Martin Hesp says regular flooding in higher parts of the Somerset Levels means the Environment Agency must look again at its calculations
Michael Brown likes eels. He made a living out of selling young elvers; he learned to smoke the sweet flesh of the eel; and he wrote a book about them – but he never expected to be sharing his living room with the slithery creatures.
Not that Michael has actually seen any eels in his flooded home yet, it's not the right time of year – but locals living in the flattest, dampest bit of Southern England are beginning to think they're occupying a world where anything might happen.
They have every right to. Homes in parts of the Levels that have not been flooded in centuries are now under water, islands which rise out of the low moors have been inundated – one was even hit by a mini-tsunami sweeping up the road the day this part of the UK became the nation's biggest temporary lake.
Not surprisingly, the locals are angry. They say that if ancient houses – like the one lived in by 98-year-old Professor Neville Temperley, built over three centuries ago – are now being flooded when they've never been inundated before, then something has gone wrong with the way the Levels are drained.
Someone, somewhere – they say – must be to blame, and most locals speak of a lack of dredging. But they also know that the story that's turning Sedgemoor into an inland sea is more complicated than that.The TV crews and press photographers concentrating on Muchelney have been ignoring quite a bit in their coverage of the Great Somerset Flood of 2014 – like the fact that the neighbouring village of Thorney has, arguably, been hit worse than anywhere else.
It was Michael Brown, founder of the eel-smoking house Brown and Forrest, who invited the Western Daily Press to Thorney so we could find out what life is really like inside the new lake.
The visit was, for me, one of the strangest days out I've experienced in a dozen years working for this newspaper – and it began, inevitably, by boat. Kitted out in body-length waders, Michael pulled his dinghy to the part of Thorney where the road disappears underwater so that writer James Crowden (author of a local book called In Time of Flood) and I could take a tour of the village where some 20 homes have been inundated.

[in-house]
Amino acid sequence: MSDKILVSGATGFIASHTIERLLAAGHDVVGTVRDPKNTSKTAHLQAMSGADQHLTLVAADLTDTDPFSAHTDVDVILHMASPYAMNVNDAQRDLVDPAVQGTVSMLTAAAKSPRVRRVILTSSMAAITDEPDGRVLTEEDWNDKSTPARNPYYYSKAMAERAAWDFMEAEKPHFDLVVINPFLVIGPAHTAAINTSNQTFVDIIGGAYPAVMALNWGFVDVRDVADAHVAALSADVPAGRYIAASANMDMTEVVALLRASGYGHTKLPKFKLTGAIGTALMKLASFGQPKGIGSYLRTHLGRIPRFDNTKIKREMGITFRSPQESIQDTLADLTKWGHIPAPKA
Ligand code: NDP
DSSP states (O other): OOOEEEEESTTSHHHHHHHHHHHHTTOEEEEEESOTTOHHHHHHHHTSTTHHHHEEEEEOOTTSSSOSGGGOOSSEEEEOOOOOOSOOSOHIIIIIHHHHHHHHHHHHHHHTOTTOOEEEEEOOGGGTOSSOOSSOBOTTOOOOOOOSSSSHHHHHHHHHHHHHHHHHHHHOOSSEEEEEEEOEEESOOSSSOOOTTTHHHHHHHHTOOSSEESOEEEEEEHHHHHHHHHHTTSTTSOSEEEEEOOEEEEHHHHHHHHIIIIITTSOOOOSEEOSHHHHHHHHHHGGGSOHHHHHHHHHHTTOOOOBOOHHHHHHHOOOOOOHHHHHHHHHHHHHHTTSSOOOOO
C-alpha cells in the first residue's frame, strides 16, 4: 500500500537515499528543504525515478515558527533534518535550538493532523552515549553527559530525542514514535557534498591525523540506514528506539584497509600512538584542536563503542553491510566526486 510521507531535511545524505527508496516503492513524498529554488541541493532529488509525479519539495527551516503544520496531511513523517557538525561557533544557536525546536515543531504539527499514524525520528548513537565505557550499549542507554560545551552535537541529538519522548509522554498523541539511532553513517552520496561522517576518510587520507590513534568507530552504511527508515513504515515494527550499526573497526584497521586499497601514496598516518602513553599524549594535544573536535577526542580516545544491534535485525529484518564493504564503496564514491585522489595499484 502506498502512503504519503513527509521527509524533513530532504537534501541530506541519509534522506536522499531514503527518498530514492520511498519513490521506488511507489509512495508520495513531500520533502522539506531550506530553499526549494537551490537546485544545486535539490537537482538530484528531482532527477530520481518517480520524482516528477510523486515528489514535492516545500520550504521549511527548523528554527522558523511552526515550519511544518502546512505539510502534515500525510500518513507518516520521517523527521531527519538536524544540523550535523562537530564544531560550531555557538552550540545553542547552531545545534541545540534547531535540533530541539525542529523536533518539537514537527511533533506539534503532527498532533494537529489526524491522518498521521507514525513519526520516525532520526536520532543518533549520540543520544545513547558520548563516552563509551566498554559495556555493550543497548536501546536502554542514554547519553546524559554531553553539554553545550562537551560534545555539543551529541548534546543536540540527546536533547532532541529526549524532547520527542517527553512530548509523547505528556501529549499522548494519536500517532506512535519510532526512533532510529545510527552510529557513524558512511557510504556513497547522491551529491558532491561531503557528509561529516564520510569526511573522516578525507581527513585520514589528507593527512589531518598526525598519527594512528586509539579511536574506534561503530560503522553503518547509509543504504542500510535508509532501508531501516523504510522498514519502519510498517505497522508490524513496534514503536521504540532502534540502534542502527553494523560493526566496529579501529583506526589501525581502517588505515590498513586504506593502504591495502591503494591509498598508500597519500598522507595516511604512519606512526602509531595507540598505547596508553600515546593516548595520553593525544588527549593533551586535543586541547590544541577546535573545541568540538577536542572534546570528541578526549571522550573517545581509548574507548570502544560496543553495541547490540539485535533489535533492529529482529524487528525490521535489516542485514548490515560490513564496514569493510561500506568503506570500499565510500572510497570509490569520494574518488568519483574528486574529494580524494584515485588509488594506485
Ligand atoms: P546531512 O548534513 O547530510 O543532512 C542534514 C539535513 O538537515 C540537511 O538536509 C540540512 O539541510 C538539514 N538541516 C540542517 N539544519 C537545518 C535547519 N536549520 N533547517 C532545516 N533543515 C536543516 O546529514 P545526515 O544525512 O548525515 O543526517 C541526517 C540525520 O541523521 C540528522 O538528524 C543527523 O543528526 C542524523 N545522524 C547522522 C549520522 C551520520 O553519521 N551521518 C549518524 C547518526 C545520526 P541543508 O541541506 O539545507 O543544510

As we were towed along the flooded street we came across Roger Baillie-Grohman who has lived in Thorney 30 years, but never been flooded before.
"We were at home and watching with trepidation as water levels on the moors rose – and that night we saw water creeping in through crevices and cracks," he told us from the threshold of his flooded home.
"There was a gust in the gale that blew a lot of water in. That subsided briefly, only to come up again in the night. People here were sand-bagging – but you can't sand-bag against this sort of creeping water torture.
"The water here doesn't get away quick enough," he added. "An Environment Agency man told me it would cost £30 million to drain this area – and he asked if it was worth it. If I had a house in the middle of the moors I might expect to flood, but places like Thorney and Muchelney were called 'ney' because they were islands. This house hasn't been flooded since it was built 100 years ago. We live on the higher ground, but now the EA have deemed the edges of the Moors as fair game for somewhere to let water lie."
Once out of the flood, we walked to the home of long-term resident Richard England who told us: "Last year was the first flood I'd seen hit Thorney – now this is worse still. We won't stop flooding on the Somerset Moors – they are very flat and we have to accept flooding on the fields – but when it comes to houses and the water is staying in people's homes for a fortnight, it's depressing. There's no end in sight.
"If the rivers had been dredged I don't think water would be in the houses."
Returning to the great sheet of water, Michael towed us to the home he has shared with his wife Utta for the past 31 years, and we were served a delicious but bizarre lunch sitting in gumboots in the flooded conservatory.
"No, I haven't seen any eels indoors because it's the wrong time of year," said Michael.
"But this has been an extraordinary flood. We've seen floods around us over the years and become blasé. The water would come into the garden but we've got pumps, so we always survived. But this year we pumped and it totally overwhelmed us."